It’s the final step in a corporate termination and the point at which IRS tax consequences start to apply.
Corporations in the process of a complete liquidation – either to terminate the business or change its structure to a non-corporate status -- are required by law to transfer all cash and property assets back to shareholders as payment in full for the exchange of stock.
You made no other transactions involving Baker stock for the rest of 2005 and the first 30 days of 2006.
Your short sale is treated as a constructive sale of an appreciated financial position because a sale of your Baker stock on the date of the short sale would have resulted in a gain.
At the corporate level, a nonliquidating corporate distribution can also have varying tax consequences.
The distribution may have no tax effect, or it may trigger corporate-level capital gain and/or ordinary income.
In that case, you must recognize gain as if the short sale were closed when the property became substantially worthless. Entering into a short sale may cause you to be treated as having made a constructive sale of property.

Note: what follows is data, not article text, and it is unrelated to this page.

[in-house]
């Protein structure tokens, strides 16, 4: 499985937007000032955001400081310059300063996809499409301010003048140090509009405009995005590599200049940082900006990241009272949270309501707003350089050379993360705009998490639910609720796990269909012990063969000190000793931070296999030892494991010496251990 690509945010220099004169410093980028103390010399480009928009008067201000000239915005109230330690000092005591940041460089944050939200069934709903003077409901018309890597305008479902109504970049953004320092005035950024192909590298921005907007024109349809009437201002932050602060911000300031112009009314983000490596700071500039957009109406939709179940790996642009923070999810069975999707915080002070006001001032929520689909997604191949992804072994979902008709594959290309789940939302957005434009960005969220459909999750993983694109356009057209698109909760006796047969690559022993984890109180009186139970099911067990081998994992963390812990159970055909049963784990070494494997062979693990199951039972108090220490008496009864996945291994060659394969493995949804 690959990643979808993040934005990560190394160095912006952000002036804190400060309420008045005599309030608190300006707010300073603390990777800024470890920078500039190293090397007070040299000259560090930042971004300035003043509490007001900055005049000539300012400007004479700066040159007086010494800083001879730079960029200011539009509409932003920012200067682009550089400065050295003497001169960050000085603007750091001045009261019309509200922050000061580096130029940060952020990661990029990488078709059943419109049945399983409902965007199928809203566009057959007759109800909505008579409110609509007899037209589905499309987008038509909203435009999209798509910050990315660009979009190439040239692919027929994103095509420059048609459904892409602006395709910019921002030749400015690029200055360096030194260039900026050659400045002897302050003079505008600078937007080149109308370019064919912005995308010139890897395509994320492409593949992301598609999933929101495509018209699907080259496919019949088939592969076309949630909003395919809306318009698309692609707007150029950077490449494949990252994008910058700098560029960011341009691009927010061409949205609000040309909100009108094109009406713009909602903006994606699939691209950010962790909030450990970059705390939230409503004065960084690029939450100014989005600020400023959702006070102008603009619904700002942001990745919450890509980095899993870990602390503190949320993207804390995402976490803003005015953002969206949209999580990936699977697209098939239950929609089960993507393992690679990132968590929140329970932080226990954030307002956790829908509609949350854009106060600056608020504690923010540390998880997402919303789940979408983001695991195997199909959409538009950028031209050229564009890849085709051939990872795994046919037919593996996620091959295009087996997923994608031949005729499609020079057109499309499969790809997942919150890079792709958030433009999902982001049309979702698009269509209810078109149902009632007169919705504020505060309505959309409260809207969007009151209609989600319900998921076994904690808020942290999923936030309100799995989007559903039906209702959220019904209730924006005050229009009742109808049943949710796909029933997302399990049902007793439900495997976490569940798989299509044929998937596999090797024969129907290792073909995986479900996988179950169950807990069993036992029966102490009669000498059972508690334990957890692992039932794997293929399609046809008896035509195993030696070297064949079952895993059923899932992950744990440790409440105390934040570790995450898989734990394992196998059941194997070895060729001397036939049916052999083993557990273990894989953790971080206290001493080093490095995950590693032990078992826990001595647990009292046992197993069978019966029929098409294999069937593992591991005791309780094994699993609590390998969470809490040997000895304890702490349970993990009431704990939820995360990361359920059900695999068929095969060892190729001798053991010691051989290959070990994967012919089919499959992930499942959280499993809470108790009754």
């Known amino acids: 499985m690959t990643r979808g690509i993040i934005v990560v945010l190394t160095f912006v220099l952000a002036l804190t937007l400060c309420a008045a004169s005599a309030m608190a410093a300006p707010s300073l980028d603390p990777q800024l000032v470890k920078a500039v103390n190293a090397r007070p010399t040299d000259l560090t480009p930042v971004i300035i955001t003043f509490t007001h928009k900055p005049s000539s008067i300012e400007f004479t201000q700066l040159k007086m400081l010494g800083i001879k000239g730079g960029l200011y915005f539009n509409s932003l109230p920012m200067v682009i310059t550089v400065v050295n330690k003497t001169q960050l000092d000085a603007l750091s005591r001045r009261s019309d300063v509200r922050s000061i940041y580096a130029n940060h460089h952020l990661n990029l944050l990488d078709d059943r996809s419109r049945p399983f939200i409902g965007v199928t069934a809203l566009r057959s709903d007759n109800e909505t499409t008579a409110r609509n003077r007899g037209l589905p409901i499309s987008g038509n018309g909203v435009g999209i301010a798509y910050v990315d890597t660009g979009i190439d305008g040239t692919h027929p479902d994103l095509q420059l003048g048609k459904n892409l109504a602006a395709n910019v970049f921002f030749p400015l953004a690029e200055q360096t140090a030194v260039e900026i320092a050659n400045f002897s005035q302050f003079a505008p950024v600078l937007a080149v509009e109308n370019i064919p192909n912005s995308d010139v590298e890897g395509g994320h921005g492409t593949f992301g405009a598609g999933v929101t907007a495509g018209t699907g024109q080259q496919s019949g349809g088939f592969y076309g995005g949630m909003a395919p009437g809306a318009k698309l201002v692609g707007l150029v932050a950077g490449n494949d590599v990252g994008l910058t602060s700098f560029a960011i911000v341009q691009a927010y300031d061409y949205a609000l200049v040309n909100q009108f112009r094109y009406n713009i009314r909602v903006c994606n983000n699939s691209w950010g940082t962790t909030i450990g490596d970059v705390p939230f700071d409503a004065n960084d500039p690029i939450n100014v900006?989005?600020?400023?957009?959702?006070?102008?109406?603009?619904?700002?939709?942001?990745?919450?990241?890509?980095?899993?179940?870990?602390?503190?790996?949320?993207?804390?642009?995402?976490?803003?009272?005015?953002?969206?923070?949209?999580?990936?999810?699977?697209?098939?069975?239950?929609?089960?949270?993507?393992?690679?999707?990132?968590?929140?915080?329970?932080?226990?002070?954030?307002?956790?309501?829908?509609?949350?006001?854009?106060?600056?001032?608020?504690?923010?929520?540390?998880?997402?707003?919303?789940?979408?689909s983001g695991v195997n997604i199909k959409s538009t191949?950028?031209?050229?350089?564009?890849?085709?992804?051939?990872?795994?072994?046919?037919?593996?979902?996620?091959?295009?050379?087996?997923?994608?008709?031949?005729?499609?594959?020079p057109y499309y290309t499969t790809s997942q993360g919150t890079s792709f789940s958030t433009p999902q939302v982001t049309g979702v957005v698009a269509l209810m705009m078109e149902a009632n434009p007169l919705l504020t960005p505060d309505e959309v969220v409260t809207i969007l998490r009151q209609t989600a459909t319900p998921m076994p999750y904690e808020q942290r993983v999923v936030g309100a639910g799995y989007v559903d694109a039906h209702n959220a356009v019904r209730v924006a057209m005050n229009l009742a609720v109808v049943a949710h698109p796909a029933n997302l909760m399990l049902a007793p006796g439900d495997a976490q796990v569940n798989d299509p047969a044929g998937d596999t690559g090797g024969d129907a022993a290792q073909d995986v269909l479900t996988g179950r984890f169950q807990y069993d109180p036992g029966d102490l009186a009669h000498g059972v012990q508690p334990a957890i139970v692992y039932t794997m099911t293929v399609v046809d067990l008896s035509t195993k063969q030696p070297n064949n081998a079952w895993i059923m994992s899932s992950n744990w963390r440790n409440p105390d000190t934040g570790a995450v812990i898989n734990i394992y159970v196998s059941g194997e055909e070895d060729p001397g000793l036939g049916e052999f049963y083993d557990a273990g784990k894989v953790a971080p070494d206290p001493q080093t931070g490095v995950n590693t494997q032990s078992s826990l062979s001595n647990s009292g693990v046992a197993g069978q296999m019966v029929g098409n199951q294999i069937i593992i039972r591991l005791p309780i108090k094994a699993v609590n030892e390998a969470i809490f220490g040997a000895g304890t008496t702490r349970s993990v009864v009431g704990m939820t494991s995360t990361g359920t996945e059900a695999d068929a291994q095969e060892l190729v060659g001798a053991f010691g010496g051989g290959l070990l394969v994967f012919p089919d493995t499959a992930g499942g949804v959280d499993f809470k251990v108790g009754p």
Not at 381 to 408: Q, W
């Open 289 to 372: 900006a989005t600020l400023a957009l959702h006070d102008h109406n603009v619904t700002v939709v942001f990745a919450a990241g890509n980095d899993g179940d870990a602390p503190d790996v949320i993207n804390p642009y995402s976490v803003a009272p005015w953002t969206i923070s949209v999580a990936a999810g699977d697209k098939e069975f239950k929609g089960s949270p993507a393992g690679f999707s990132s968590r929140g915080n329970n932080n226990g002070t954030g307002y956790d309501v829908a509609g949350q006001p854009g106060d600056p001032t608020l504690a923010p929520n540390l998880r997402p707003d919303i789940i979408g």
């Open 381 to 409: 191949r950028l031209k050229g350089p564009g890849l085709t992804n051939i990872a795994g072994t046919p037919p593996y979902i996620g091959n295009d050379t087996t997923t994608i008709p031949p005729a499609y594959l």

In that case, you will have to recognize gain on the date of the constructive sale.
The amount reported on a 1099-DIV represents the return of a shareholder’s investment.If the governing state allows dissolved corporations to retain assets, the corporation can continue to exist.Liquidation marks the point when a corporation has committed to closing its doors.The 1040 Edition Plus incorporates the Clients with Children and W-2/1099 Roadmap Fast Tax Facts with the 1040 Edition.Both Fast Tax Facts ( = Retail Value) are bound into the book and include information not found in the 1040 Edition.